Maine Republicans are currently running an anti-Mills ad on Maine’s three major TV networks called “radical lessons.” It criticizes a video that used to be on the Department of Education’s website and offered guidance about talking to kindergarteners about equality and LGBTQ issues. The ad was pulled by the DOE amid criticism from Republicans.

However, Better Maine, a political action group founded by the DGA, is not far behind and has spent nearly all of its money on ads attacking LePage. All but $35,000 of the more than $1.6 million in spending is in opposition to LePage, including nearly $1.4 million in television ads.

Better Maine is running TV ads about LePage’s legacy, saying it was divisive and offensive. The ad features LePage’s recent confrontation with a Democratic staffer in Madawaska, saying “I’m going to deck you.” It also highlights his opposition to renewable energy, his position on public school funding and his income tax cuts that primarily benefited wealthier Mainers.

LePage is getting a boost from Blue Print for Maine’s Future, a PAC led by Maine Rep. Dustin White, R-Mars Hill, that has spent $30,000 on digital ads supporting the former governor.

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Mills, meanwhile, is benefitting from other outside spending including $6,600 in support of her candidacy from the labor-union Rebuild Maine PAC, nearly $11,000 in field organizing from the Maine People’s Alliance’s Campaign Vote PAC and $4,440 in radio ads from the Maine Democratic State Committee.

TEXT CAMPAIGN TARGETS BOOK

Meanwhile, the American Principle Project, a national conservative group, has launched its first ad buy of the election cycle, spending $100,000 on a text messaging campaign in opposition to Mills.

APP filed an application with the Maine Ethics Commission on Sept. 9 to form the Maine Families First PAC. The application is pending.

In July, APP conducted polling to see if anti-LGBTQ and anti-immigrant messaging could influence the gubernatorial race. APP used a fake name – “Maine Today & Public Insight” – that led some people to believe it was being conducted by MaineToday Media, which owns the Portland Press Herald, Kennebec Journal and Morning Sentinel.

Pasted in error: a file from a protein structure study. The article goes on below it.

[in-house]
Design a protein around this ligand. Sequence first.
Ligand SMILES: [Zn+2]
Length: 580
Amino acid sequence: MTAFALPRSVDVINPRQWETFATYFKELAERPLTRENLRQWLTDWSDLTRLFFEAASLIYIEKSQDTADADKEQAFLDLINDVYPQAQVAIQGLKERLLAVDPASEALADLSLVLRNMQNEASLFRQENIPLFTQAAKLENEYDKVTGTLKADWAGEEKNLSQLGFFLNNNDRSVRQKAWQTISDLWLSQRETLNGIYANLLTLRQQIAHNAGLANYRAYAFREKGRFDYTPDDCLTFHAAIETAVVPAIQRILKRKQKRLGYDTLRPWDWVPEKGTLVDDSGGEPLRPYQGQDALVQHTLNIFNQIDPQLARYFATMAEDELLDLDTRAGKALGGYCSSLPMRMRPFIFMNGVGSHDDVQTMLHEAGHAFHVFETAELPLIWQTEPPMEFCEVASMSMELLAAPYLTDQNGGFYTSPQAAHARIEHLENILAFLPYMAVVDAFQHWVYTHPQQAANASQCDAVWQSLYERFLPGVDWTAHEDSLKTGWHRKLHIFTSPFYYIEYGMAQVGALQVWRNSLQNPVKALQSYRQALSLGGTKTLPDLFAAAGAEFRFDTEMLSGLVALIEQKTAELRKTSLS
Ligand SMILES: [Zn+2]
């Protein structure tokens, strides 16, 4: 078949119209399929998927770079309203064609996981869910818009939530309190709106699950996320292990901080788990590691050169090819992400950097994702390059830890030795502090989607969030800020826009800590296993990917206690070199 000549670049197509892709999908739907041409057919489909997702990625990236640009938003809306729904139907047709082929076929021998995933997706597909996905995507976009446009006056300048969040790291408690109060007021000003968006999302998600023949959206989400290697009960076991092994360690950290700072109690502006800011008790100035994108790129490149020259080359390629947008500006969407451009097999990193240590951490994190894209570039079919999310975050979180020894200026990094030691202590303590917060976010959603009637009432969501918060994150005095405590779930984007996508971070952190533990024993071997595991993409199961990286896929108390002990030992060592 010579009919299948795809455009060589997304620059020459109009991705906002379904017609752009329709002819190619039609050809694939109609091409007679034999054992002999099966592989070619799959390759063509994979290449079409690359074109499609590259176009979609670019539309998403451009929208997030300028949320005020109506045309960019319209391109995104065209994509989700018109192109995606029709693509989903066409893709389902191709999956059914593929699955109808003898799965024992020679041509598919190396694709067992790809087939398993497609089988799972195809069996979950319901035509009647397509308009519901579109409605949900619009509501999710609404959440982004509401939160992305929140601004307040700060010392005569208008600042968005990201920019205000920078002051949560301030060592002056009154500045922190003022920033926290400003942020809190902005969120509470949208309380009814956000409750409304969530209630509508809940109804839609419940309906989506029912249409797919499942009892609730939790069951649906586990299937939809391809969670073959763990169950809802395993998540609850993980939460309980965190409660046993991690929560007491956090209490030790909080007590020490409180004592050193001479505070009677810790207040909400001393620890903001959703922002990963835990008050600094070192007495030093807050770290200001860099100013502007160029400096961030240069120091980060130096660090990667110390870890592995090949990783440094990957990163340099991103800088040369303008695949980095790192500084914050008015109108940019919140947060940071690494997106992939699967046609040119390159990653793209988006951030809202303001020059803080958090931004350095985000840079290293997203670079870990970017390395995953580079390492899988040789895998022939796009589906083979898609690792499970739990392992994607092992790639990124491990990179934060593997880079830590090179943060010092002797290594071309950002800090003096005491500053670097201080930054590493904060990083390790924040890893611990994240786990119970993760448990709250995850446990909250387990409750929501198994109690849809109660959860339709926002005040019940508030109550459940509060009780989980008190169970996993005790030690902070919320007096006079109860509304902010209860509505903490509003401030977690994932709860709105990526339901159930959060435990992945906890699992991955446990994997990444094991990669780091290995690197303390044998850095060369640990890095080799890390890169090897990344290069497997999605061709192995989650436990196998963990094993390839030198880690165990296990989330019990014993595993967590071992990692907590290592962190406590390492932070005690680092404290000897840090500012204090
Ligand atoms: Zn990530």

As of July, the group had raised about $9 million for midterm races across the country.

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Maine Public, which first reported APP’s application to form a PAC in Maine, said the text message redirects recipients to an ad on YouTube that highlights what it considers to be explicit scenes from the book “Gender Queer,” an award-winning memoir that is being targeted by conservative activists across the country, including in Maine.

None of the independent expenditures has targeted Hunkler, who has never run for public office.

The Maine Ethics Commission regularly updates its database of all independent expenditures over $250 during the election season, but that database only lists general information about the group and the purpose and cost of the ads. Within 60 days of an election, independent expenditures must be reported within two days. Within 13 days of an election, expenditures must be reported within one day.

The next round of comprehensive campaign finance reporting for the candidates and political action committees, including funding sources, is Sept. 27, which is 42 days before the general election.